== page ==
Do you ever find yourself trapped in thoughts like, “Everyone else has already achieved success, but I’m stuck with nothing”? Well, you’re not alone in this struggle.
Your subconscious operates on ancient behavioral programs, indifferent to modern achievements. It doesn’t grasp the concept of living in the 21st century.
The Subconscious View of Failure
In ancient times, failure was synonymous with hunger, injury, or losing valuable tribe members, situations that often led to death. Therefore, when you label something as a failure, your subconscious reacts as if it’s a life-or-death scenario. In reality, nothing might have changed in your life; it’s the subconscious that interprets it as a catastrophe.
For instance, you didn’t get the job you wanted. In reality, your life remains unchanged, but your subconscious perceives it as a failed hunt, triggering a “We’re going to starve!” response. Your subconscious believes you’re running low on food and energy, so it releases stress hormones to prevent you from wasting effort on fruitless endeavors. This leads to feelings of fear, confusion, and a strong desire to escape this perceived danger.
Self-doubt is a defense mechanism designed to save you from exhaustion rather than depriving you of success.
You can’t simply switch off these outdated subconscious programs, but you can learn to adapt to them.
Current vs. Accumulated Self-Doubt
It’s vital to differentiate between current self-doubt, which relates to specific situations, and accumulated self-doubt.
Current self-doubt can often be overcome with willpower. For instance, if you’re hesitant to speak in a foreign language because you fear looking foolish, you can push through with effort.
Accumulated self-doubt, however, depends on the life story you’ve been narrating to your subconscious.
This story is constructed from facts and interpretations. You experience events, and then you tell yourself what those events mean. For instance, “I got married and devoted myself to my family. How wonderful!” or “I got married and sacrificed my career. This is terrible!”
The key is to recognize that you’re only picking a few facts out of millions and forming opinions about yourself and your situation based on these fragments.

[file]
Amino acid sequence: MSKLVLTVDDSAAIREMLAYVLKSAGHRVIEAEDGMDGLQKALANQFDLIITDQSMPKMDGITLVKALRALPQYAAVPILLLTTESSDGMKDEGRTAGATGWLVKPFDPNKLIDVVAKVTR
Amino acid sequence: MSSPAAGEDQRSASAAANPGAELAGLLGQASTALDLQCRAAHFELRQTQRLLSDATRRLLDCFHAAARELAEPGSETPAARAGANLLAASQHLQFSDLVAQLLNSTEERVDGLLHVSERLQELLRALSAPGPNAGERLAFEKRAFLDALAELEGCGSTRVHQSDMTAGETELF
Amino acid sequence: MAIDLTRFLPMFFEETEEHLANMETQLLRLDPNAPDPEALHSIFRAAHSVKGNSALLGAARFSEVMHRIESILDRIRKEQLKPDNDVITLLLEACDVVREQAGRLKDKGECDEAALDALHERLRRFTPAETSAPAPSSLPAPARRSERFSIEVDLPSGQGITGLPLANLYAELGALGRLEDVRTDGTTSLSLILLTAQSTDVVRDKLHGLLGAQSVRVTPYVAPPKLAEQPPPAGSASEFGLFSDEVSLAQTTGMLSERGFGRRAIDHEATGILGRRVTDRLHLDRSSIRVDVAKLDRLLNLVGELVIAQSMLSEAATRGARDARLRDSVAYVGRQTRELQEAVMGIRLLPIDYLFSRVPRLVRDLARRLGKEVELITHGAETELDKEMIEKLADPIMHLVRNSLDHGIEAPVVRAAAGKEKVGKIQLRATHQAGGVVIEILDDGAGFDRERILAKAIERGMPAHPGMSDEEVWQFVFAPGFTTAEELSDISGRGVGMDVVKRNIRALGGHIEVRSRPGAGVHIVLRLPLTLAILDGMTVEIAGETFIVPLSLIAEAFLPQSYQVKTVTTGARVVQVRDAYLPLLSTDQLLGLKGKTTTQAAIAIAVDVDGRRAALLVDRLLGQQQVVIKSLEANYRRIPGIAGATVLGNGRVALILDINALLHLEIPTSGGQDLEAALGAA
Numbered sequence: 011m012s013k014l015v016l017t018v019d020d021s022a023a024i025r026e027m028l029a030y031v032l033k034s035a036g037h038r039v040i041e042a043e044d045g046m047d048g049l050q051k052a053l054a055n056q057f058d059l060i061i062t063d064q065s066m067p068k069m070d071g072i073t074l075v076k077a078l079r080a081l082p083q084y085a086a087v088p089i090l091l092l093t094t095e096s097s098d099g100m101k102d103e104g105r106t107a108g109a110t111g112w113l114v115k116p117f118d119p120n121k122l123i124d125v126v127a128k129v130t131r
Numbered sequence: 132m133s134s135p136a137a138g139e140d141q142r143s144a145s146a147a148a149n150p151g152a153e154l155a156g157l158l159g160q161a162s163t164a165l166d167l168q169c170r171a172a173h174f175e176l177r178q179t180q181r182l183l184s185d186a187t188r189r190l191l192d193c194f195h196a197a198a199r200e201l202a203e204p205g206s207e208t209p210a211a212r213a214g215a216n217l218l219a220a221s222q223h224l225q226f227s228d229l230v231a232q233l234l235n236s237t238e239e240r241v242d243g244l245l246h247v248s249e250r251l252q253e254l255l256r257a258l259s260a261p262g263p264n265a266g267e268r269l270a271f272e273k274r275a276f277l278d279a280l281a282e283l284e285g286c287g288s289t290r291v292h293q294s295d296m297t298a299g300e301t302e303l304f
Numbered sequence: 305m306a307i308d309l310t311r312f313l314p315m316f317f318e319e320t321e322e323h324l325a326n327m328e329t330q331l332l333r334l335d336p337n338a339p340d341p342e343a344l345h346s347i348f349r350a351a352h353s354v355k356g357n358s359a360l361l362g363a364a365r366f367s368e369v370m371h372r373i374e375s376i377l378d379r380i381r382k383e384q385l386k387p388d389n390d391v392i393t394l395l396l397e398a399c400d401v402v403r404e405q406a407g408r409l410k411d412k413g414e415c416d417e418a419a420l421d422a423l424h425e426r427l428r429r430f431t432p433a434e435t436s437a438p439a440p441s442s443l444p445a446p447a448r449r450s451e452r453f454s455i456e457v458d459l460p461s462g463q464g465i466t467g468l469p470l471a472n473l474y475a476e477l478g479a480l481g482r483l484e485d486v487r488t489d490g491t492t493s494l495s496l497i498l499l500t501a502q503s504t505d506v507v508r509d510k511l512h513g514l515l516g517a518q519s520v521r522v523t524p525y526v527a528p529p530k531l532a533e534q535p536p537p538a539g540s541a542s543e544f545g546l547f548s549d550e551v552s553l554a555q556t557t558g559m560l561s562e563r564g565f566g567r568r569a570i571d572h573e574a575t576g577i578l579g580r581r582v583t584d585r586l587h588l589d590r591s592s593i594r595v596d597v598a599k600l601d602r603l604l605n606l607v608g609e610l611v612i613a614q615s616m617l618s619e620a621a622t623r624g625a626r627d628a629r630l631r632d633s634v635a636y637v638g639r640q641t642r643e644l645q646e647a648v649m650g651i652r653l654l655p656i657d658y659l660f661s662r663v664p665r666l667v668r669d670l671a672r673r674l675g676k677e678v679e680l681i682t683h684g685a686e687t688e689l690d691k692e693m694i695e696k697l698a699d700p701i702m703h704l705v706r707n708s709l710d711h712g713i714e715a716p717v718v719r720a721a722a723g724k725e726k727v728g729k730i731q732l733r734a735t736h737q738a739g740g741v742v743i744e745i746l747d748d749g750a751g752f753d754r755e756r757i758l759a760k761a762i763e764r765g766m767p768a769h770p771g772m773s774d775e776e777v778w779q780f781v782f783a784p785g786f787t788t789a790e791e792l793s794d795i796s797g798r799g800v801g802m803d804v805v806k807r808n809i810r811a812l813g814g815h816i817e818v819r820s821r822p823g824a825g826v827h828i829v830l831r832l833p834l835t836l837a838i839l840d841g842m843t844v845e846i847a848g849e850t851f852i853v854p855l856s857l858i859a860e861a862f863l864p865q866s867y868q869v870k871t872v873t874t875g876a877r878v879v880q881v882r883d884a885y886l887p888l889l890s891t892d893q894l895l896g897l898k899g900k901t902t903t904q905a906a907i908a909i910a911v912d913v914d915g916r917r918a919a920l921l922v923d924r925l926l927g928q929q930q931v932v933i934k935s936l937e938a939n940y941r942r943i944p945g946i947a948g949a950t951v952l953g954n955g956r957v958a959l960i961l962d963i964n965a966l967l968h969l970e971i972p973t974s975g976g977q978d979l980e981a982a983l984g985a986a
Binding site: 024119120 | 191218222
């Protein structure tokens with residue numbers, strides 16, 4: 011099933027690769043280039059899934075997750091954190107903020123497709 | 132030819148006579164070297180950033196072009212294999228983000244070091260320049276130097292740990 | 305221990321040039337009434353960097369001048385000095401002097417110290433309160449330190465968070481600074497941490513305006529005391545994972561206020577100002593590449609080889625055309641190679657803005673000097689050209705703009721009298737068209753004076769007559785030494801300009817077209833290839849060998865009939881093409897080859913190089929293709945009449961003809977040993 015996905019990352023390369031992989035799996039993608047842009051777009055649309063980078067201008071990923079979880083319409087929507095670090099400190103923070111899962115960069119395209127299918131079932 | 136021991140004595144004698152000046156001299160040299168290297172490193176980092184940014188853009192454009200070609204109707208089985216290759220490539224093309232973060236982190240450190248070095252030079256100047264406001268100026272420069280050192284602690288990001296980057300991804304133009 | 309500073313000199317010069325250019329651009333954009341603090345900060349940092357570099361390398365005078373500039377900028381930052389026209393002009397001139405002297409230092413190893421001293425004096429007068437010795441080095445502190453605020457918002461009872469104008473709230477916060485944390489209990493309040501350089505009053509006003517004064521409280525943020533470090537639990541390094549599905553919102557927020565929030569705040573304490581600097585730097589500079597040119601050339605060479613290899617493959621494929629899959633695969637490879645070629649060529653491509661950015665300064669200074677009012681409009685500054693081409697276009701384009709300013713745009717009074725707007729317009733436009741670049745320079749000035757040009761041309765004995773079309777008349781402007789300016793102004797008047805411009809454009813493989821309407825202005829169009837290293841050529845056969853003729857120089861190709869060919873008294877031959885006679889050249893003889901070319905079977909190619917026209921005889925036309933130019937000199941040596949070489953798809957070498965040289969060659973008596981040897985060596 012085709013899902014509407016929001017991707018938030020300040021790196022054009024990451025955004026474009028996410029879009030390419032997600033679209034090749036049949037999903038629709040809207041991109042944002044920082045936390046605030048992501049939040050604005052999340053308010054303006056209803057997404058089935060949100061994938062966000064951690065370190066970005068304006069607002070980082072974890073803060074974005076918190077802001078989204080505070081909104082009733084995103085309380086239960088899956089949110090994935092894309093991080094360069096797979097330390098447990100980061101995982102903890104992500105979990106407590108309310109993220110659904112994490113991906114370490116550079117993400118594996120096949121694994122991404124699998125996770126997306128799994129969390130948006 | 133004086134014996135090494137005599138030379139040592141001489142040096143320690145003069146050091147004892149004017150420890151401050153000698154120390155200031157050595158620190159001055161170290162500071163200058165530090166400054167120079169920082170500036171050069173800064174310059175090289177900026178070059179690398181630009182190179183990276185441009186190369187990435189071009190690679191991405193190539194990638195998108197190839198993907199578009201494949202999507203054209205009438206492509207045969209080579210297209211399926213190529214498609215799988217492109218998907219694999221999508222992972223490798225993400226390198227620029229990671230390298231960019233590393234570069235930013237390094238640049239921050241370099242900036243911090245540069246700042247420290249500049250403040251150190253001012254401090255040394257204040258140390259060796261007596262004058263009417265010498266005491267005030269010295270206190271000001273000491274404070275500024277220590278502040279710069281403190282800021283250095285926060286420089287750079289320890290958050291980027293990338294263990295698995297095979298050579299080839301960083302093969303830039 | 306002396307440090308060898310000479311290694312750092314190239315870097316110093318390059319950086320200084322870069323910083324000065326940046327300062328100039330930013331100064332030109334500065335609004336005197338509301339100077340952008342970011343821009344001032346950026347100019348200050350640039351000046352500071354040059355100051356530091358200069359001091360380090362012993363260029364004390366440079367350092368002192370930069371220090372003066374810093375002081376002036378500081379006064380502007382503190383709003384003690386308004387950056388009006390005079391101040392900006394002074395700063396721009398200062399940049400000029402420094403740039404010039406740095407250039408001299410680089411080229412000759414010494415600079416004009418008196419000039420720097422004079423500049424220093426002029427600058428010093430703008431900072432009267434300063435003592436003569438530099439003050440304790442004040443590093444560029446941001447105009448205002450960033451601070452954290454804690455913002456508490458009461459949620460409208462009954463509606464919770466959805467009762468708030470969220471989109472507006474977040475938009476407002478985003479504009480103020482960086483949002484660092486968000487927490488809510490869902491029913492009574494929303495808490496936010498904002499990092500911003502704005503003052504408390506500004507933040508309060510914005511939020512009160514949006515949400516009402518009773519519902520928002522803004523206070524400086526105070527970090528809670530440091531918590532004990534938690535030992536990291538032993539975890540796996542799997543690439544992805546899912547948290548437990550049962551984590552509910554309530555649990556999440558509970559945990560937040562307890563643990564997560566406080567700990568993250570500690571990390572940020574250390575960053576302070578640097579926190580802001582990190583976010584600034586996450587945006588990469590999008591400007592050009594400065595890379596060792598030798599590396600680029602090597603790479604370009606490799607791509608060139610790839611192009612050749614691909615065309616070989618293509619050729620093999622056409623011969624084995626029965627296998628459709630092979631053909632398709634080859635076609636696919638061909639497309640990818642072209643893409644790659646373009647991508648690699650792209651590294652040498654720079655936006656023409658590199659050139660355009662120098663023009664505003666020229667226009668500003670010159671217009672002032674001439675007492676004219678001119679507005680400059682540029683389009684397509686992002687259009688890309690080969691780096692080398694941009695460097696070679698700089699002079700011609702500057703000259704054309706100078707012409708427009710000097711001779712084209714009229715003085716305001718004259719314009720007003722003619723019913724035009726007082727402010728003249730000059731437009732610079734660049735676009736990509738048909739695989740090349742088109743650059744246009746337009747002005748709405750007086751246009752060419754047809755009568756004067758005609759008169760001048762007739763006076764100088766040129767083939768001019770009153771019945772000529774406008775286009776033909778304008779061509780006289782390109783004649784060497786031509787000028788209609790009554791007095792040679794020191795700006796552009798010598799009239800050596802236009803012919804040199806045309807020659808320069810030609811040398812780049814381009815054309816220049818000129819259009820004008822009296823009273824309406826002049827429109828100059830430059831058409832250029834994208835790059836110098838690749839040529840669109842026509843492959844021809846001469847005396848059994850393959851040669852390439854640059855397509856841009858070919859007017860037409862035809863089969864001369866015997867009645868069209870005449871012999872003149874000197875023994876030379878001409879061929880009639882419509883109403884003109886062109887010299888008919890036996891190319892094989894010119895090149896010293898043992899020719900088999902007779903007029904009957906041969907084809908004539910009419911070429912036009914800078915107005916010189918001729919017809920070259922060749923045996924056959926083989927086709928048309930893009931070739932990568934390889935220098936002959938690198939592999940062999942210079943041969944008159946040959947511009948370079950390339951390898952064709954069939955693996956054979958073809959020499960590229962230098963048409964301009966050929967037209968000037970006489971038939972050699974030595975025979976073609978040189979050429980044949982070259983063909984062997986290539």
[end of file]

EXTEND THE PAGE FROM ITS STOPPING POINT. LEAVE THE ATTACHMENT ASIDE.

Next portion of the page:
Your best interest lies in reassembling this jigsaw puzzle so that you can work productively and pursue what truly matters to you.
Boosting Your Self-Esteem with an Exercise
Step 1: Create a table with three columns: “My Successes,” “Neutral Memories,” and “My Failures.”
Step 2: In each column, jot down 10 bullet points. Don’t overthink it, just focus on memorable facts.
Step 3: In the third column, underline anything that no longer holds relevance in your life today. For example, childhood bullying experiences or mistakes from years ago. These are ghosts from the past that serve no purpose but to make your subconscious uneasy because you keep replaying old stories.
Step 4: Now, from the remaining facts, craft two stories, one with a positive spin and the other with a negative one. Your purpose is to make sure that the events in your life are open to interpretation, allowing you to choose the self-assessment that empowers you.
Let me illustrate with my own example:
I was born and raised in a poor provincial city in the dying years of the USSR. The quality of education suffered, and I struggled through an outdated law school curriculum with poorly informed teachers. During this economic turmoil, I survived on just $100 a month.
The reality was so hopeless that I sought solace in writing novels. But it didn’t bring in much income. I couldn’t even find myself a local boyfriend, so I turned to online dating, which eventually led me to America. I arrived with no knowledge of the language, no friends, and no connections.
Over the next two decades, I wrote books and built a business, only to see it crumble due to the war in Ukraine. I failed to target the English-speaking market in time, and learning the language was challenging. I took the path of least resistance.
Now, in my forties, I’m starting over. It might seem foolish, doesn’t it?
I was born into a family where books, intellectual conversations, and outdoor activities were cherished. My childhood was filled with reading and stimulating discussions with my parents, who tried to give me the best education available.
Despite the economic challenges, I pursued a legal career and landed a job that allowed me to fulfill my dream of writing books.
I found love online and relocated to America, where new opportunities blossomed. I’ve authored 17 books, established a thriving online business, and educated thousands of grateful students.
Even in the face of war, I didn’t give up. After losing everything, I rebuilt my life, not just in Russian, but also in English.
Both versions hold truths and reflect reality. However, I chose the second story because it bolsters my self-esteem and inspires me to achieve more.
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